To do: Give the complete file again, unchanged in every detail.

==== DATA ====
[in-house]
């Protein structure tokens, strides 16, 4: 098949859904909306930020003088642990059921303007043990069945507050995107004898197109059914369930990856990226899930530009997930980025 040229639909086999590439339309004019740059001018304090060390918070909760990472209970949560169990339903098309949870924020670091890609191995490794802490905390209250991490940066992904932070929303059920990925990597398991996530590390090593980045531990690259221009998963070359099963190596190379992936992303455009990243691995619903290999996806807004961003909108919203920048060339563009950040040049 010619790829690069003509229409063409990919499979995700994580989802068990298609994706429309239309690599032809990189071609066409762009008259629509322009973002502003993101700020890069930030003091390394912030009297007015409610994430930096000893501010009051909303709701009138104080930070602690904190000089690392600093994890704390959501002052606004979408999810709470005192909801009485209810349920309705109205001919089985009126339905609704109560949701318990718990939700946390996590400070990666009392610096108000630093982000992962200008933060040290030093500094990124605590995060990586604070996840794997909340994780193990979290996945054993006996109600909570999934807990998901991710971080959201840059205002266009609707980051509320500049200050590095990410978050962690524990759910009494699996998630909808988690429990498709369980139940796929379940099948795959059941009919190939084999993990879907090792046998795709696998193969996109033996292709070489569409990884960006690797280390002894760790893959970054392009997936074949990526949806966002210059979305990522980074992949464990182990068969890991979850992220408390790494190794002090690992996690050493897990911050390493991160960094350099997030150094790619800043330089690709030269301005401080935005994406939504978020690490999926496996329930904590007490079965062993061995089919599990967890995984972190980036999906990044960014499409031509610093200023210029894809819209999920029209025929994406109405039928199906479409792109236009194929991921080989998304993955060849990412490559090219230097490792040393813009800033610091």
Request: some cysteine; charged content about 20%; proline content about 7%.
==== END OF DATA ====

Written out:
[in-house]
């Protein structure tokens, strides 16, 4: 098949859904909306930020003088642990059921303007043990069945507050995107004898197109059914369930990856990226899930530009997930980025 040229639909086999590439339309004019740059001018304090060390918070909760990472209970949560169990339903098309949870924020670091890609191995490794802490905390209250991490940066992904932070929303059920990925990597398991996530590390090593980045531990690259221009998963070359099963190596190379992936992303455009990243691995619903290999996806807004961003909108919203920048060339563009950040040049 010619790829690069003509229409063409990919499979995700994580989802068990298609994706429309239309690599032809990189071609066409762009008259629509322009973002502003993101700020890069930030003091390394912030009297007015409610994430930096000893501010009051909303709701009138104080930070602690904190000089690392600093994890704390959501002052606004979408999810709470005192909801009485209810349920309705109205001919089985009126339905609704109560949701318990718990939700946390996590400070990666009392610096108000630093982000992962200008933060040290030093500094990124605590995060990586604070996840794997909340994780193990979290996945054993006996109600909570999934807990998901991710971080959201840059205002266009609707980051509320500049200050590095990410978050962690524990759910009494699996998630909808988690429990498709369980139940796929379940099948795959059941009919190939084999993990879907090792046998795709696998193969996109033996292709070489569409990884960006690797280390002894760790893959970054392009997936074949990526949806966002210059979305990522980074992949464990182990068969890991979850992220408390790494190794002090690992996690050493897990911050390493991160960094350099997030150094790619800043330089690709030269301005401080935005994406939504978020690490999926496996329930904590007490079965062993061995089919599990967890995984972190980036999906990044960014499409031509610093200023210029894809819209999920029209025929994406109405039928199906479409792109236009194929991921080989998304993955060849990412490559090219230097490792040393813009800033610091």
Request: some cysteine; charged content about 20%; proline content about 7%.